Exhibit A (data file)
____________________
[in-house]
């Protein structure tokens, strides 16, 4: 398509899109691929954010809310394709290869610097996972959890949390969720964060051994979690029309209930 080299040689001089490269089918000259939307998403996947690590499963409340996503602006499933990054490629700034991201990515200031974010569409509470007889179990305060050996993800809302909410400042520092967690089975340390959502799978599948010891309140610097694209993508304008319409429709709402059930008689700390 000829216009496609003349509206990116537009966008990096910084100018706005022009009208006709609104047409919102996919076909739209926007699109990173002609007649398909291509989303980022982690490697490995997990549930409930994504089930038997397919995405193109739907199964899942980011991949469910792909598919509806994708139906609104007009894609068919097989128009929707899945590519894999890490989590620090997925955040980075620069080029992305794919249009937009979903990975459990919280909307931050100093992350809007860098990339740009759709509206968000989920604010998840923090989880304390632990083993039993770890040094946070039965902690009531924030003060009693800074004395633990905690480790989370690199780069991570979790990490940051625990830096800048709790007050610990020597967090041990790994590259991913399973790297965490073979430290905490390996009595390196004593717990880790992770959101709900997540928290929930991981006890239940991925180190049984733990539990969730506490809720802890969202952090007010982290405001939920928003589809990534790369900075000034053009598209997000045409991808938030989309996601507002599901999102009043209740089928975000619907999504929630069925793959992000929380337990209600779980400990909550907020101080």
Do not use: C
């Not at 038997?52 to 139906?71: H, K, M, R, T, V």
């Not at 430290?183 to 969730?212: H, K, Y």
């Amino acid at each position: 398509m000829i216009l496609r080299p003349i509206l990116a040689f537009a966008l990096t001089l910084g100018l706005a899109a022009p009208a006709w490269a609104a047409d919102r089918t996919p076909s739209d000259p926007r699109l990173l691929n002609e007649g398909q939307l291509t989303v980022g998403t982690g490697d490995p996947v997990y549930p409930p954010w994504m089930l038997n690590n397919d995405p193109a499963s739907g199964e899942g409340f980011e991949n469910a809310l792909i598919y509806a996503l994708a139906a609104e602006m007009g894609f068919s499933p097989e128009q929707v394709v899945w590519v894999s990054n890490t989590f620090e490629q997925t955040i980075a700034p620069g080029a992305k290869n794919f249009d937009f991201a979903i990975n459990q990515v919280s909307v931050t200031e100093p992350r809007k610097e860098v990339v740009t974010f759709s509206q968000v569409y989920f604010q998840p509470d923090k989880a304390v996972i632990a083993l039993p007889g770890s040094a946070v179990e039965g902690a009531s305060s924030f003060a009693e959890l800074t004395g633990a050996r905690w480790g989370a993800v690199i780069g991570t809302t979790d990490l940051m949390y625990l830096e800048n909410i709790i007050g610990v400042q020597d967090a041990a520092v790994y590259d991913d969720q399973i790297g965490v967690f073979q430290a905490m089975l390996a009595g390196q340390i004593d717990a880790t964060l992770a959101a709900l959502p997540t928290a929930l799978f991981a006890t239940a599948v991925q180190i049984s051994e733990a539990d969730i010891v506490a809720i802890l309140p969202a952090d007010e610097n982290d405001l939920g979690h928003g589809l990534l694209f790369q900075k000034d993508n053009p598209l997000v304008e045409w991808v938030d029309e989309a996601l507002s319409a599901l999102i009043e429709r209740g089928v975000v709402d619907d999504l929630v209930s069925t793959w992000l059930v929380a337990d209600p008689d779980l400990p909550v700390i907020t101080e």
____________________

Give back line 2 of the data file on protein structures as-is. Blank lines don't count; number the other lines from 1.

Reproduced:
């Protein structure tokens, strides 16, 4: 398509899109691929954010809310394709290869610097996972959890949390969720964060051994979690029309209930 080299040689001089490269089918000259939307998403996947690590499963409340996503602006499933990054490629700034991201990515200031974010569409509470007889179990305060050996993800809302909410400042520092967690089975340390959502799978599948010891309140610097694209993508304008319409429709709402059930008689700390 000829216009496609003349509206990116537009966008990096910084100018706005022009009208006709609104047409919102996919076909739209926007699109990173002609007649398909291509989303980022982690490697490995997990549930409930994504089930038997397919995405193109739907199964899942980011991949469910792909598919509806994708139906609104007009894609068919097989128009929707899945590519894999890490989590620090997925955040980075620069080029992305794919249009937009979903990975459990919280909307931050100093992350809007860098990339740009759709509206968000989920604010998840923090989880304390632990083993039993770890040094946070039965902690009531924030003060009693800074004395633990905690480790989370690199780069991570979790990490940051625990830096800048709790007050610990020597967090041990790994590259991913399973790297965490073979430290905490390996009595390196004593717990880790992770959101709900997540928290929930991981006890239940991925180190049984733990539990969730506490809720802890969202952090007010982290405001939920928003589809990534790369900075000034053009598209997000045409991808938030989309996601507002599901999102009043209740089928975000619907999504929630069925793959992000929380337990209600779980400990909550907020101080």